We’ve all felt that kind of powerlessness in our lives – the question of “why do this at all? I’m not arguing a legal case that will affect a life. I’m not fighting hunger or disease or poverty. I’m not relieving disaster victims.” Well, to disengage from that responsibility simply because we are powerless to fix large social problems as individuals is not a valid solution to me. In my context, the way to make an impact on the world is to practice connection. It is to practice and value detail in craft, to create quality in all our lives. This practice fights that sensation of powerlessness in a human-sized way, to create a real, vital community through our collective creative work and our ability to listen to each other. Communities are built individual by individual, and piece by piece – and it’s communities that have the ability to create change.

Death, decay, and destruction take care of themselves. Growth requires food, water, and a big bright light shining on it. In my context, if you’re not re-building, you’re damaging.

In my context, you can choose to create and support the craft of your peers and neighbors on a sustainable scale, or you can tear down and destroy – models, ideas, and work – and leave an empty shell of a wasteland. That’s not a clean slate as far as I’m concerned… It’s a world where positive energy was stopped and paved over by negative energy into a place where it couldn’t grow anymore.

And is the crux of some of our online arguments, no? In other contexts, harsh criticism is valued as pure truth. It’s valued that way because the folks who have that perspective have been witness to comfortable lies for too long. They see how cooperative initiatives can be co-opted by self-promotion, the PR game, and profit. In their context, the ultimate sin is self-censorship and watered-down art in the name of decorum.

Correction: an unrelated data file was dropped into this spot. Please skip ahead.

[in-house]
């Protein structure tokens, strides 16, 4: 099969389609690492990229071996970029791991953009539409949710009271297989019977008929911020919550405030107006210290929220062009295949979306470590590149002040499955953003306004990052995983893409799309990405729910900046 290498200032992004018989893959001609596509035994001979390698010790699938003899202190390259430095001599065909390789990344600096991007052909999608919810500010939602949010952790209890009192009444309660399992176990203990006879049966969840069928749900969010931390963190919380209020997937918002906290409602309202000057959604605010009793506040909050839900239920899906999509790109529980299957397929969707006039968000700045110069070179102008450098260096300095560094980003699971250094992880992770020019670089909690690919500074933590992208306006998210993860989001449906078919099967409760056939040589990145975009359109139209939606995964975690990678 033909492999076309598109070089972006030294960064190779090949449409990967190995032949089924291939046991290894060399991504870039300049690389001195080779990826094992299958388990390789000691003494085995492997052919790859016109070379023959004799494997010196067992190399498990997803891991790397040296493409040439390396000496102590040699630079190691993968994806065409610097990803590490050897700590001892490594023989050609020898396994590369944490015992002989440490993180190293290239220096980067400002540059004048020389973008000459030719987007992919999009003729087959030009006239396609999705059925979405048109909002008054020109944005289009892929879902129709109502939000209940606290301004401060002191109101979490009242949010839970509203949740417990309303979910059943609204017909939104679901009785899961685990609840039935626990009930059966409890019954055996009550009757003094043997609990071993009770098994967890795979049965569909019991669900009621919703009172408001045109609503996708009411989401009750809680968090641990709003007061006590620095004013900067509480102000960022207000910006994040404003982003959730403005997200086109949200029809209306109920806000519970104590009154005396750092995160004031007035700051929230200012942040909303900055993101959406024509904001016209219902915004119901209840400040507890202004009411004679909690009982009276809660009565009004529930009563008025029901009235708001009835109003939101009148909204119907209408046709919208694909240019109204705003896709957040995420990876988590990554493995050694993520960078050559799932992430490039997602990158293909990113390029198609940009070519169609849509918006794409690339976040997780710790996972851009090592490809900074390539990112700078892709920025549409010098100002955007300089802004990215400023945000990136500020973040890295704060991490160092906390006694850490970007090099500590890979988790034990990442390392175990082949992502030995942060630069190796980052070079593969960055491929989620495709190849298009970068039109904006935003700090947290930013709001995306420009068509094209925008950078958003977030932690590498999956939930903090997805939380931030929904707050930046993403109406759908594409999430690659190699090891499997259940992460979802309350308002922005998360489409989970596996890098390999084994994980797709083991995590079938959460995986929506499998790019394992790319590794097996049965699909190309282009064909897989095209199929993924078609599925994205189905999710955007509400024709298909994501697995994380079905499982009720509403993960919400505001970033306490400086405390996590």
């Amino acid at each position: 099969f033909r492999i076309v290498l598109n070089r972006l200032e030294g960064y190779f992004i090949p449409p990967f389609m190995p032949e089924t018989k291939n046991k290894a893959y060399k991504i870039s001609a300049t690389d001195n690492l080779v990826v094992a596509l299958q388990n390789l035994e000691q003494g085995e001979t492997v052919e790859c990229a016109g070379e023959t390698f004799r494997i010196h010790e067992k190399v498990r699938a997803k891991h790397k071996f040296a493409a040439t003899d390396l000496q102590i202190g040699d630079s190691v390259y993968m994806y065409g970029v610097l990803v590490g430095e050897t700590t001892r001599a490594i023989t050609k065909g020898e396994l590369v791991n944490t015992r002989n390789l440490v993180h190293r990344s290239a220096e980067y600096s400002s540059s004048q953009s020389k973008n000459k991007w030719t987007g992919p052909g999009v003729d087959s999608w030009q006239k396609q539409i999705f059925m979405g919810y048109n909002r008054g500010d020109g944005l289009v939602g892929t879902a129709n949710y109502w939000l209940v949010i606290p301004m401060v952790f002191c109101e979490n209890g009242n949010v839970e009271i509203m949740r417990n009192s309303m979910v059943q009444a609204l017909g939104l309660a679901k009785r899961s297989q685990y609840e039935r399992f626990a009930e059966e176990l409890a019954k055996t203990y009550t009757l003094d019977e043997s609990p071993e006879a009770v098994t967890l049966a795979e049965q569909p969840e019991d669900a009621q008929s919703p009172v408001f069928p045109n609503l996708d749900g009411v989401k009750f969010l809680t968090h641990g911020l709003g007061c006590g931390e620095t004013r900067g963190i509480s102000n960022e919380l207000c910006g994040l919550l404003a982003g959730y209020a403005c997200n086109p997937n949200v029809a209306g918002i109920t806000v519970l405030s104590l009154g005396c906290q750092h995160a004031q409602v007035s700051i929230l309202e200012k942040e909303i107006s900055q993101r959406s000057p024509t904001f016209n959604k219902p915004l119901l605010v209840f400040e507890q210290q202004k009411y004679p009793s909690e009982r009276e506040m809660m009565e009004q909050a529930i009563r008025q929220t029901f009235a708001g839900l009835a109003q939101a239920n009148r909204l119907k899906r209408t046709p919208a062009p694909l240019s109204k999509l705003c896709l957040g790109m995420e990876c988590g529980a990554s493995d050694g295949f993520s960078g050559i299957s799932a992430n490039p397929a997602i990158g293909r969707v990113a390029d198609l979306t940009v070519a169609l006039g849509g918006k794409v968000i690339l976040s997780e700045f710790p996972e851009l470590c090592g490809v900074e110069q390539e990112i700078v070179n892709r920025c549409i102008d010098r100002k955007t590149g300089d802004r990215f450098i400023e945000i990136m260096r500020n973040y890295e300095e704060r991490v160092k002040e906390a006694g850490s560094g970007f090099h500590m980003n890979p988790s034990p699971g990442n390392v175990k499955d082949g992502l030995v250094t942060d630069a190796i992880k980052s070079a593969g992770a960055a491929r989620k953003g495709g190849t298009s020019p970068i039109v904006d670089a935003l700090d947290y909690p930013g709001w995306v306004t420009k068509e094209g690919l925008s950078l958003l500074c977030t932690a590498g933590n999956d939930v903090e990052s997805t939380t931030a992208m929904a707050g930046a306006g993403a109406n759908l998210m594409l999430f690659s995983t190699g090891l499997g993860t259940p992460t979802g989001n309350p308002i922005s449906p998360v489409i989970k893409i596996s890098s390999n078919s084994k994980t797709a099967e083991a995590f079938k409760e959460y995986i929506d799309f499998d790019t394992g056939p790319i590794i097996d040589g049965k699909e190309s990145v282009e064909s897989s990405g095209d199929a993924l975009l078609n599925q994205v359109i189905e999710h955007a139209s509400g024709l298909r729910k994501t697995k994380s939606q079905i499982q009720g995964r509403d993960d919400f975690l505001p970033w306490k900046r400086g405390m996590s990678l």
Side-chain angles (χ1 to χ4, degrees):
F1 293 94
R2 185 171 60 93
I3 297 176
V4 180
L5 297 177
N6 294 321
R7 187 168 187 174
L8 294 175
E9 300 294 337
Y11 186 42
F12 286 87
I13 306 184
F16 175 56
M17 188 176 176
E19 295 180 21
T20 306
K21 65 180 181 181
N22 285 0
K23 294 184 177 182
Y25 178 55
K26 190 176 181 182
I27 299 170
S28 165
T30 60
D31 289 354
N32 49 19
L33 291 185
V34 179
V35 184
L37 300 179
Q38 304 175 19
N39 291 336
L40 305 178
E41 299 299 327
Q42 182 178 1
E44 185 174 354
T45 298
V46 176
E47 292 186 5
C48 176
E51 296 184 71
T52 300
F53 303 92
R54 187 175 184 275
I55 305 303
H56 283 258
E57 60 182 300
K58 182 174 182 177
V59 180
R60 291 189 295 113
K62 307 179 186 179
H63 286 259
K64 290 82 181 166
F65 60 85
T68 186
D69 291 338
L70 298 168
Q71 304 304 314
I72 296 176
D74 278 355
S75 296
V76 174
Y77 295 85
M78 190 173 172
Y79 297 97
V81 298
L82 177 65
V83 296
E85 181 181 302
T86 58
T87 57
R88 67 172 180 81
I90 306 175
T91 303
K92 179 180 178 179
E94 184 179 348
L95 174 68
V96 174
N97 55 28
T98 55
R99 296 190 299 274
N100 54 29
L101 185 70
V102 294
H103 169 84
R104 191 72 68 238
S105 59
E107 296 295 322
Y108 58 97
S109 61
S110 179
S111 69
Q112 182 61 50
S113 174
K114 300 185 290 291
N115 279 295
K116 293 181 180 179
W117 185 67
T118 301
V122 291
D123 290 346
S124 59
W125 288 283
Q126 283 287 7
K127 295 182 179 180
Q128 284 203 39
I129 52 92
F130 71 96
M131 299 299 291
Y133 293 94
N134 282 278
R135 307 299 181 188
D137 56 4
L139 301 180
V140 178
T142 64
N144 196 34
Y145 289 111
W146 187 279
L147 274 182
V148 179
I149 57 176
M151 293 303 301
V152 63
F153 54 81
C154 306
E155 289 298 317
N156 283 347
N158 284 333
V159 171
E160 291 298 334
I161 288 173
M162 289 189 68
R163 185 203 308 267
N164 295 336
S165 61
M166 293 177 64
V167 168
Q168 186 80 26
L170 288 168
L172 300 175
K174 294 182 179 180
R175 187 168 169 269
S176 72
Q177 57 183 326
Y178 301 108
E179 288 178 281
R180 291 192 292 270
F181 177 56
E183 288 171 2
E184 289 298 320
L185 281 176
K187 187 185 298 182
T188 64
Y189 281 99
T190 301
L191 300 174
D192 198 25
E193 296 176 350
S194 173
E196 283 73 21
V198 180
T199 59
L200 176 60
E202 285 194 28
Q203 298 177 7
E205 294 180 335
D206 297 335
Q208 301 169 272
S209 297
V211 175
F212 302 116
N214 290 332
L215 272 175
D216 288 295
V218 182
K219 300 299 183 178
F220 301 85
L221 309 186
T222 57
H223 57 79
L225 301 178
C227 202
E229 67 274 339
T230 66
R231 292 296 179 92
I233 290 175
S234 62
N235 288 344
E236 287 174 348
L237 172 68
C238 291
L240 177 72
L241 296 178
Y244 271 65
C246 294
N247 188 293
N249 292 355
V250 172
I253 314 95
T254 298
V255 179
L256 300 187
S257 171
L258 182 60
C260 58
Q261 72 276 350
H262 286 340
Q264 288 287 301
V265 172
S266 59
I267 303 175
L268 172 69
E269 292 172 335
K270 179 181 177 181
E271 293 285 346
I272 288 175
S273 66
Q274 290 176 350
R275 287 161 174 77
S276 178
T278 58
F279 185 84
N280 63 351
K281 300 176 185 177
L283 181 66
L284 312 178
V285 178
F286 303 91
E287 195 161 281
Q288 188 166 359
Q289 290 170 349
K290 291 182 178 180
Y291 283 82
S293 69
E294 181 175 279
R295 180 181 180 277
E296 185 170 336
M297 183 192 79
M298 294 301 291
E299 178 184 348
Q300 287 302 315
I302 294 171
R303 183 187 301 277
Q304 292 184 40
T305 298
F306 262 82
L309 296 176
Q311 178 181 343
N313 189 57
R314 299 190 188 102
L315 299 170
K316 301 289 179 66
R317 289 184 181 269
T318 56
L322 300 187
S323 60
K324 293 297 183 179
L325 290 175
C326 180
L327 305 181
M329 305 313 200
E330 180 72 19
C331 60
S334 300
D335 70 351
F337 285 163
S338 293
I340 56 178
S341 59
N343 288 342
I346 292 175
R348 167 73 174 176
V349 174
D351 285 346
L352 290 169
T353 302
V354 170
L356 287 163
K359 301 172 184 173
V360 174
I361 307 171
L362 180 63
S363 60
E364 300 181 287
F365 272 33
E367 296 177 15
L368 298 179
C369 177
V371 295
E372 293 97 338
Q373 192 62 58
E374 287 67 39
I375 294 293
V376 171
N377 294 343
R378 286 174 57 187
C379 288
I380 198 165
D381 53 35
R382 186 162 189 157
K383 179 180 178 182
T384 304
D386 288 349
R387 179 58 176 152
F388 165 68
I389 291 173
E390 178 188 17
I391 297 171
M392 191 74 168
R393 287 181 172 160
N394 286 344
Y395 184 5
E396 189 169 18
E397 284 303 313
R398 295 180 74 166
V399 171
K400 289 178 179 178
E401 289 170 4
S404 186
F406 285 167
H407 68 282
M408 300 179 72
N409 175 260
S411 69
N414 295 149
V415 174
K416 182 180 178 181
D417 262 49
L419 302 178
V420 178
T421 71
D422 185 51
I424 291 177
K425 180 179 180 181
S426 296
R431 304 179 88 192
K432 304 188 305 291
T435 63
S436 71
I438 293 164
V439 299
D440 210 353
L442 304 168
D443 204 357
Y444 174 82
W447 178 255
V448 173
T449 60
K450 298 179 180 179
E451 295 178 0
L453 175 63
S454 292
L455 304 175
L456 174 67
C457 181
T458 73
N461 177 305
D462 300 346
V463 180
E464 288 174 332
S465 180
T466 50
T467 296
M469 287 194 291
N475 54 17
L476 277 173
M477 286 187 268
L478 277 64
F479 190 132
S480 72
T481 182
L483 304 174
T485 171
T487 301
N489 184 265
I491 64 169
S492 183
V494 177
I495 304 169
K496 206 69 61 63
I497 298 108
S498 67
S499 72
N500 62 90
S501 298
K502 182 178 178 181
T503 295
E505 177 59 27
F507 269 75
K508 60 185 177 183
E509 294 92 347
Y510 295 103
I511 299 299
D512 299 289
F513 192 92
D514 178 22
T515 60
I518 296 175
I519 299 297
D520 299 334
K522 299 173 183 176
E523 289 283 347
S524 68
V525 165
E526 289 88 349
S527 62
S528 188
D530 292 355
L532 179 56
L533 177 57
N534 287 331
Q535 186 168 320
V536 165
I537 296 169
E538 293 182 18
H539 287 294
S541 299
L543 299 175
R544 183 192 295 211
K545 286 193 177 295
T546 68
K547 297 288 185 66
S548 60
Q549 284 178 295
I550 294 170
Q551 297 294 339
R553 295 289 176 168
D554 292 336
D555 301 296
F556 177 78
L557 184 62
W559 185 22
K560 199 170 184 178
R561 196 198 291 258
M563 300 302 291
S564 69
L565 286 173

I know that this hope for community and mutual support – not dishonesty, support – comes off as wishful thinking in our context-less world of the internet. Here in Chicago, where my Yankee roots don’t share a lot of the same background as the midwesterners who have had to tear down some actual injustice and external ignorant destructive forces to get to play in this White City, my all-for-one-and-one-for-all message comes up against some legitimately divergent viewpoints. Which is fair, and I’m eager to learn to be at better peace with it.

My context informs my work: The theater I have chosen to call my home has a very clear mission that speaks to these beliefs: we “create intimate, animate theatrical experiences which renew both artist and audience.” I also consider teaching and opening doors for younger artists or artists without my experience to be a cornerstone of my life’s work. Teaching for me isn’t about giving the right answer, it’s about asking the right question. It is about testing ideas, but also understanding them, supporting them and letting them thrive on their own terms.

So deliberation in the theatrosphere is not about finding the penultimate truth for me, because I don’t believe in those lofty ideas on a hill. I believe in perspective. I believe in seeing each other’s work, and seeing each other work. I believe in growing within and embracing our own context.

All politics is local.

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That is the Question: To Blog about the Process or Not… To… Bl… You Get it.

May 12, 2008 By: Nick Keenan Category: Community Building, Teachable Moments

Continuing where Don left off, Mac over at SlowLearner hosts a debate featuring dv and the Chicago StreetBlogging Gang today… It’s interesting stuff, and it gets to the heart of a central question facing the (gag) theatrosphere.

It might help your theater understand what’s at stake when you choose to blog about your work or whether you can’t take the potential heat – and maybe how to improve the content you’re already putting out there.

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We Have Ignition